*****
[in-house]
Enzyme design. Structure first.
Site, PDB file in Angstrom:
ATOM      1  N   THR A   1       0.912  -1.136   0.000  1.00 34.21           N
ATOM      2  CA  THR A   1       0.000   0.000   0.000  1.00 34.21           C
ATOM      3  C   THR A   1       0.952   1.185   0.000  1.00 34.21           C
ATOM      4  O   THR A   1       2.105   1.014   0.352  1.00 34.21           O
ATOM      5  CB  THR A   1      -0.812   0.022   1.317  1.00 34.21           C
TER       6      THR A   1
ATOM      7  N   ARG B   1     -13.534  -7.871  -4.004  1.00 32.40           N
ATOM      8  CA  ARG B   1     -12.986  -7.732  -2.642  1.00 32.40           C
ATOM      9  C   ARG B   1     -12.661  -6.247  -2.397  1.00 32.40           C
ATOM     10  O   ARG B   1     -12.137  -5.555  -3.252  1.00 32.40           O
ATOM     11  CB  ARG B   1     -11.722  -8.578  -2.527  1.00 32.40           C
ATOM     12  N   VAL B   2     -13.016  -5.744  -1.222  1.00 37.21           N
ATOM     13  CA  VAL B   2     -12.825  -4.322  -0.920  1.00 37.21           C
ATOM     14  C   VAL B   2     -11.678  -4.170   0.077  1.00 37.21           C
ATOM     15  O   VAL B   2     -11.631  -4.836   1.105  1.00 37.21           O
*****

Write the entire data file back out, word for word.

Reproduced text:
[in-house]
Enzyme design. Structure first.
Site, PDB file in Angstrom:
ATOM      1  N   THR A   1       0.912  -1.136   0.000  1.00 34.21           N
ATOM      2  CA  THR A   1       0.000   0.000   0.000  1.00 34.21           C
ATOM      3  C   THR A   1       0.952   1.185   0.000  1.00 34.21           C
ATOM      4  O   THR A   1       2.105   1.014   0.352  1.00 34.21           O
ATOM      5  CB  THR A   1      -0.812   0.022   1.317  1.00 34.21           C
TER       6      THR A   1
ATOM      7  N   ARG B   1     -13.534  -7.871  -4.004  1.00 32.40           N
ATOM      8  CA  ARG B   1     -12.986  -7.732  -2.642  1.00 32.40           C
ATOM      9  C   ARG B   1     -12.661  -6.247  -2.397  1.00 32.40           C
ATOM     10  O   ARG B   1     -12.137  -5.555  -3.252  1.00 32.40           O
ATOM     11  CB  ARG B   1     -11.722  -8.578  -2.527  1.00 32.40           C
ATOM     12  N   VAL B   2     -13.016  -5.744  -1.222  1.00 37.21           N
ATOM     13  CA  VAL B   2     -12.825  -4.322  -0.920  1.00 37.21           C
ATOM     14  C   VAL B   2     -11.678  -4.170   0.077  1.00 37.21           C
ATOM     15  O   VAL B   2     -11.631  -4.836   1.105  1.00 37.21           O